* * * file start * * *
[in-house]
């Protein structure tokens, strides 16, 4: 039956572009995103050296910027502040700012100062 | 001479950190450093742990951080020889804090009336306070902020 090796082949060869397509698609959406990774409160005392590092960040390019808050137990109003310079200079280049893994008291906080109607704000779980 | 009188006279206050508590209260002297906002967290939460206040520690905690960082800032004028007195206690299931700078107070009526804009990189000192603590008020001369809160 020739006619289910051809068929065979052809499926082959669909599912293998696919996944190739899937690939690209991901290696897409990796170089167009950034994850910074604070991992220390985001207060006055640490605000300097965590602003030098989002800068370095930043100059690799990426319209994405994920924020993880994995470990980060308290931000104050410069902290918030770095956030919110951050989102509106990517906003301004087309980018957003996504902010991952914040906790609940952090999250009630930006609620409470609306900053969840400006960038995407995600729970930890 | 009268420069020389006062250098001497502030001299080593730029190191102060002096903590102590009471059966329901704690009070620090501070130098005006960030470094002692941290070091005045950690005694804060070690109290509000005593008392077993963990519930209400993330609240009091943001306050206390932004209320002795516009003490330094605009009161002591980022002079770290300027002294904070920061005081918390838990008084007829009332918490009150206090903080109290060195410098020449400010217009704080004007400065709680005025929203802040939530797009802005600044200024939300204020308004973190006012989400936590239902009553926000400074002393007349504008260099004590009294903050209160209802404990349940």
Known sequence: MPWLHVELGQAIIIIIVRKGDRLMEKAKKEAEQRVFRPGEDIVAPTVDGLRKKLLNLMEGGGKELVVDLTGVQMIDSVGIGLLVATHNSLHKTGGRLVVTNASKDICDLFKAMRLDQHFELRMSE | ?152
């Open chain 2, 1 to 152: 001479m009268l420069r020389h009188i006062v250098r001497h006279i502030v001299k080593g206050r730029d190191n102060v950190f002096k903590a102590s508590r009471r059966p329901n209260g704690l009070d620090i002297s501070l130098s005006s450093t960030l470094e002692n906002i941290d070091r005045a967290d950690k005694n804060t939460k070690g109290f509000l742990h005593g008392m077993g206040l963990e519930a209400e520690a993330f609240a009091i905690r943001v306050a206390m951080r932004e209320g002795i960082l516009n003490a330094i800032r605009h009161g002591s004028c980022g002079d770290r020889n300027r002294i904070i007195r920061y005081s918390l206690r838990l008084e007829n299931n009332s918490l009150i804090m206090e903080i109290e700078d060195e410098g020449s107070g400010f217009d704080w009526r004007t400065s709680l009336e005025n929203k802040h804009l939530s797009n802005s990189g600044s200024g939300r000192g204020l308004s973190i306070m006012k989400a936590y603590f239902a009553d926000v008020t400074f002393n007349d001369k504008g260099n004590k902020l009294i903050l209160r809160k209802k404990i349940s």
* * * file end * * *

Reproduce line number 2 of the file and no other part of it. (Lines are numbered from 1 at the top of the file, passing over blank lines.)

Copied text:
């Protein structure tokens, strides 16, 4: 039956572009995103050296910027502040700012100062 | 001479950190450093742990951080020889804090009336306070902020 090796082949060869397509698609959406990774409160005392590092960040390019808050137990109003310079200079280049893994008291906080109607704000779980 | 009188006279206050508590209260002297906002967290939460206040520690905690960082800032004028007195206690299931700078107070009526804009990189000192603590008020001369809160 020739006619289910051809068929065979052809499926082959669909599912293998696919996944190739899937690939690209991901290696897409990796170089167009950034994850910074604070991992220390985001207060006055640490605000300097965590602003030098989002800068370095930043100059690799990426319209994405994920924020993880994995470990980060308290931000104050410069902290918030770095956030919110951050989102509106990517906003301004087309980018957003996504902010991952914040906790609940952090999250009630930006609620409470609306900053969840400006960038995407995600729970930890 | 009268420069020389006062250098001497502030001299080593730029190191102060002096903590102590009471059966329901704690009070620090501070130098005006960030470094002692941290070091005045950690005694804060070690109290509000005593008392077993963990519930209400993330609240009091943001306050206390932004209320002795516009003490330094605009009161002591980022002079770290300027002294904070920061005081918390838990008084007829009332918490009150206090903080109290060195410098020449400010217009704080004007400065709680005025929203802040939530797009802005600044200024939300204020308004973190006012989400936590239902009553926000400074002393007349504008260099004590009294903050209160209802404990349940």